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Questions on trying to get better at using tilt on a tilt-swing

GrahamWelland

Subscriber & Workshop Member
Btw, I’m surprised that I haven’t seen the general simplistic recommendation here of if your tripod is at 5ft, dial in focal length / 30 as tilt and shoot a reference shot before phafing with more accurate tilts. For landscape images you’ll be surprised how little effort it takes vs perfection.
 
This has been a supremely useful thread. I'm going to be dipping my toes into this world whenever Cambo gets around to shipping my WRS-1600/X-shutter-mounted lenses. I went sideways a bit from the Tim Parkin link(s) earlier and (re)discovered On Landscape, a great subscription resource. Tim does an interesting (to me anyway) video on YouTube on tilt/shift where he walks through specific examples out in the field here:
This has been a supremely useful thread. I'm going to be dipping my toes into this world whenever Cambo gets around to shipping my WRS-1600/X-shutter-mounted lenses. I went sideways a bit from the Tim Parkin link(s) earlier and (re)discovered On Landscape, a great subscription resource. Tim does an interesting (to me anyway) video on YouTube on tilt/shift where he walks through specific examples out in the field here:
. Thank you to everyone here for being so generous with your knowledge and wisdom - truly!
This video was amazingly helpful- really brought the concepts home for me. I thought I knew this pretty well already.... but not completely.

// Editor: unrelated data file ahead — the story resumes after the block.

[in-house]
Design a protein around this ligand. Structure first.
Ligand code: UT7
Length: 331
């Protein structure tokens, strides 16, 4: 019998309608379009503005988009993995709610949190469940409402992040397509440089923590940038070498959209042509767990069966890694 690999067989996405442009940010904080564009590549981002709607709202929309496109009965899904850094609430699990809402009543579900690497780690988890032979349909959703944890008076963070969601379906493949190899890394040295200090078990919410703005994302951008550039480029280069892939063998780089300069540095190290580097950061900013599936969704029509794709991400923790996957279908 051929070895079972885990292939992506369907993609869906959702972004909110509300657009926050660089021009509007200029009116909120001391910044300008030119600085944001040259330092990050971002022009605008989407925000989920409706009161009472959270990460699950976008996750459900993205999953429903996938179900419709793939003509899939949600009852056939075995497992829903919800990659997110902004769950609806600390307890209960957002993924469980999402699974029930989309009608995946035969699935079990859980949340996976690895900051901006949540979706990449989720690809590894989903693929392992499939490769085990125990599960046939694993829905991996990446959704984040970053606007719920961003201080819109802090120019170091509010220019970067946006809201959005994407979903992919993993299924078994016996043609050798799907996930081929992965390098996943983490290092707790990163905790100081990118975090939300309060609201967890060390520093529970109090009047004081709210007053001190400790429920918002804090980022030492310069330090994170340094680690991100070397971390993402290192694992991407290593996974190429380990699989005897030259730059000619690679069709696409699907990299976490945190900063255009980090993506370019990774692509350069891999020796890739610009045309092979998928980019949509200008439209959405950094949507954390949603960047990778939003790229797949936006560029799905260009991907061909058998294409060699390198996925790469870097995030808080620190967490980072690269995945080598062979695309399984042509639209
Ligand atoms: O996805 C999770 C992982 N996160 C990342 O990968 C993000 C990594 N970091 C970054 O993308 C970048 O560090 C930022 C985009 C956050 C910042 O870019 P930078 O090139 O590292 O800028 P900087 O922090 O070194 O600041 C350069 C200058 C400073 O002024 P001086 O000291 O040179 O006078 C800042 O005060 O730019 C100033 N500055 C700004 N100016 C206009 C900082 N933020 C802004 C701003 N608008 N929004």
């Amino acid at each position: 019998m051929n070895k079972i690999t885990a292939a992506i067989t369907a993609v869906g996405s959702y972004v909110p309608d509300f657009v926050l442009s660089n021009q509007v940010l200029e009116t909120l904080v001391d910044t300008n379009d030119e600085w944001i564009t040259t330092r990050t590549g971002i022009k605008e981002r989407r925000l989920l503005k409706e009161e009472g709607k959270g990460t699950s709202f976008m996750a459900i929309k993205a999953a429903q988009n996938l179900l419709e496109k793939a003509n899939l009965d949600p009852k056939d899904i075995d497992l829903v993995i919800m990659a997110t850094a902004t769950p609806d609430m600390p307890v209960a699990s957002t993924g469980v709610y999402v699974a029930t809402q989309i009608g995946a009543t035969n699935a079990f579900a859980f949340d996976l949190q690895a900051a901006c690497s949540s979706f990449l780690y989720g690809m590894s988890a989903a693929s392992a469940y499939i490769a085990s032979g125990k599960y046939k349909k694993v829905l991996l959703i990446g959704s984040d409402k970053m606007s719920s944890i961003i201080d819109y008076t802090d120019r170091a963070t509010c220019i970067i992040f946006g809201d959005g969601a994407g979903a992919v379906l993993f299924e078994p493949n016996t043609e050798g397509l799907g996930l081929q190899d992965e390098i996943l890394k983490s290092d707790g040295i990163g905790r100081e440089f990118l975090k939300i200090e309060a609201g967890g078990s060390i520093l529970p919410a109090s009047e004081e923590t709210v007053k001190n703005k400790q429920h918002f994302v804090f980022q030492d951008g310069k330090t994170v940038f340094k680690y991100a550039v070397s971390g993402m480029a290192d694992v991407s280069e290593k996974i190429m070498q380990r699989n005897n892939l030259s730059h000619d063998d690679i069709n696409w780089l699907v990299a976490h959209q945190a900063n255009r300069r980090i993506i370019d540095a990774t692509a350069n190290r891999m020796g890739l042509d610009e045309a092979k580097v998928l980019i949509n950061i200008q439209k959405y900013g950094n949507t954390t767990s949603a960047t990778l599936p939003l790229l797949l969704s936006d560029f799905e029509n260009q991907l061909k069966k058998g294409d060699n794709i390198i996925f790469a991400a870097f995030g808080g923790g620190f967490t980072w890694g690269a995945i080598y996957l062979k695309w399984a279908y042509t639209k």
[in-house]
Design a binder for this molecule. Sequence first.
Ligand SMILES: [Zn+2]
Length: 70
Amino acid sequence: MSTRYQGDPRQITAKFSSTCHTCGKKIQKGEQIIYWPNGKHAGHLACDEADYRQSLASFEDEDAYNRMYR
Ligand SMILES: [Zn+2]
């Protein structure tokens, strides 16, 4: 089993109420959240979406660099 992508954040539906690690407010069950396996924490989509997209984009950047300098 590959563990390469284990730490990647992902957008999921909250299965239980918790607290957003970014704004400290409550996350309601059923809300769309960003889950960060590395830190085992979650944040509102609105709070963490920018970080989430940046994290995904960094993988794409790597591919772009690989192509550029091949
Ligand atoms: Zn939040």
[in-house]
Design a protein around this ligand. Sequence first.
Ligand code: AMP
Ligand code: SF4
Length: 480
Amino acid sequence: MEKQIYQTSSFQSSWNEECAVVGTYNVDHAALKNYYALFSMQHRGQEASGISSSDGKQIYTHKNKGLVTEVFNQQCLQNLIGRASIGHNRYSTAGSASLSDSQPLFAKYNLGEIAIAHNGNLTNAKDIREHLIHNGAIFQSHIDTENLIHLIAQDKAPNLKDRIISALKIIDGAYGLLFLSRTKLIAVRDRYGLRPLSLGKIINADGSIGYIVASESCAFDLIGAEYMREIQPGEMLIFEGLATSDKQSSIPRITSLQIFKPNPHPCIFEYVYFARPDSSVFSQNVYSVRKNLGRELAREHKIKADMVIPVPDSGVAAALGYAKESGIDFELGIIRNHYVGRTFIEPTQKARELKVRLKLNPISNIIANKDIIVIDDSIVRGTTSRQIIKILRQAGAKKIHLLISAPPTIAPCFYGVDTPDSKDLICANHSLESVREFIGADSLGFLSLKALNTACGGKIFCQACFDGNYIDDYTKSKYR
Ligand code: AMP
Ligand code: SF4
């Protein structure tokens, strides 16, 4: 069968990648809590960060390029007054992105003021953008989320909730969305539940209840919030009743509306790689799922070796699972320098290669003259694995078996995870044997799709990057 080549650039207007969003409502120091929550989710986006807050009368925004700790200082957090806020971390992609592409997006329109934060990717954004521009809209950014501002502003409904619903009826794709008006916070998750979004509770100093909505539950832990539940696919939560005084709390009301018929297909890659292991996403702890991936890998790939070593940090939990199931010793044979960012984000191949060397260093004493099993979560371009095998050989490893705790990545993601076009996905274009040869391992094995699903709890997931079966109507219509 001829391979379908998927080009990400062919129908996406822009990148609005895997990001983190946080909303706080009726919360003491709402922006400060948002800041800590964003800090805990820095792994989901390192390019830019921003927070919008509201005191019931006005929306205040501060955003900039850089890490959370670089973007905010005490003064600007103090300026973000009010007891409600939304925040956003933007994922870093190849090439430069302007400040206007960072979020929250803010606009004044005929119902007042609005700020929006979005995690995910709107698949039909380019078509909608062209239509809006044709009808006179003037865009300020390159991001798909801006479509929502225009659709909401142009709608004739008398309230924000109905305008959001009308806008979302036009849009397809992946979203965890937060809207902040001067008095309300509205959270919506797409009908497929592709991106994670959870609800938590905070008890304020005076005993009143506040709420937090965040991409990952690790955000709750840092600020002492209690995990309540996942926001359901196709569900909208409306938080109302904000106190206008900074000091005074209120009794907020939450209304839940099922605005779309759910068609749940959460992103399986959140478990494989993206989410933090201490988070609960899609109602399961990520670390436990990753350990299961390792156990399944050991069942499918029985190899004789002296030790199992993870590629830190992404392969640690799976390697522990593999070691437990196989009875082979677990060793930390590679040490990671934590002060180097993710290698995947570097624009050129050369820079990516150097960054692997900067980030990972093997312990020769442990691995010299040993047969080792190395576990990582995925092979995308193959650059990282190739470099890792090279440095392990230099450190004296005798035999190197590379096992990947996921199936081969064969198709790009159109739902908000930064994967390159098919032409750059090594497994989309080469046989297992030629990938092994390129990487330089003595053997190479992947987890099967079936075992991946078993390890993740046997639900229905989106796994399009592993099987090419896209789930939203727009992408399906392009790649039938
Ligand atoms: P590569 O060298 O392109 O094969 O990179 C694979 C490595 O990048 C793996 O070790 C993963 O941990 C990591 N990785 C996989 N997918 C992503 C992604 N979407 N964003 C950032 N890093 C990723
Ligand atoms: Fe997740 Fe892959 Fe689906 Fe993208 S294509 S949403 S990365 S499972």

One very valuable point was that too much tilt actually begins to narrow your depth of field, and is detrimental! I never appreciated this, but it is critically important to only use the minimum amount of tilt necessay, and not more.
 

TimoK

Member
Btw, I’m surprised that I haven’t seen the general simplistic recommendation here of if your tripod is at 5ft, dial in focal length / 30 as tilt and shoot a reference shot before phafing with more accurate tilts. For landscape images you’ll be surprised how little effort it takes vs perfection.
You didn't see it. 😉 Jack did at the first page of this thread. In fact, he did not mention 5' but called it "the normal working height"😄
 
My pleasure Greg, but if you can get the plane of focus along the floor, then you're already there. Try this: you have a nice white wall at the end of that hallway. Put a sticky note with a mark you can focus on about 6" off the floor, on the wall. Now imagine that you're trying to get the plane of focus to go from the hinge point (at your feet) through to that sticky note. Use live view to check if the floor and anything else you want in focus (e.g., the hinge in the door) is acceptably sharp. You may need to decrease the aperture (to create more depth of field, i.e., a larger wedge), or you might have to move your note on the wall up or down a bit.
 
This thread has me thinking a lot about using tilt for landscape photos- I have the Cambo 1600 WRS with four Rodenstock lenses, only one of which (40mm) has the tilt/shift mount.
My question is, should I consider having my other three lenses (28, 70, 120mm) re-mounted for tilt-shift, or would I be better off getting a Cambo Actus system? The Actus would allow full movements, including the addition of back movements too. I am guessing the cost would probably be about the same price either way. I am leaning towards the Actus at the moment.
 
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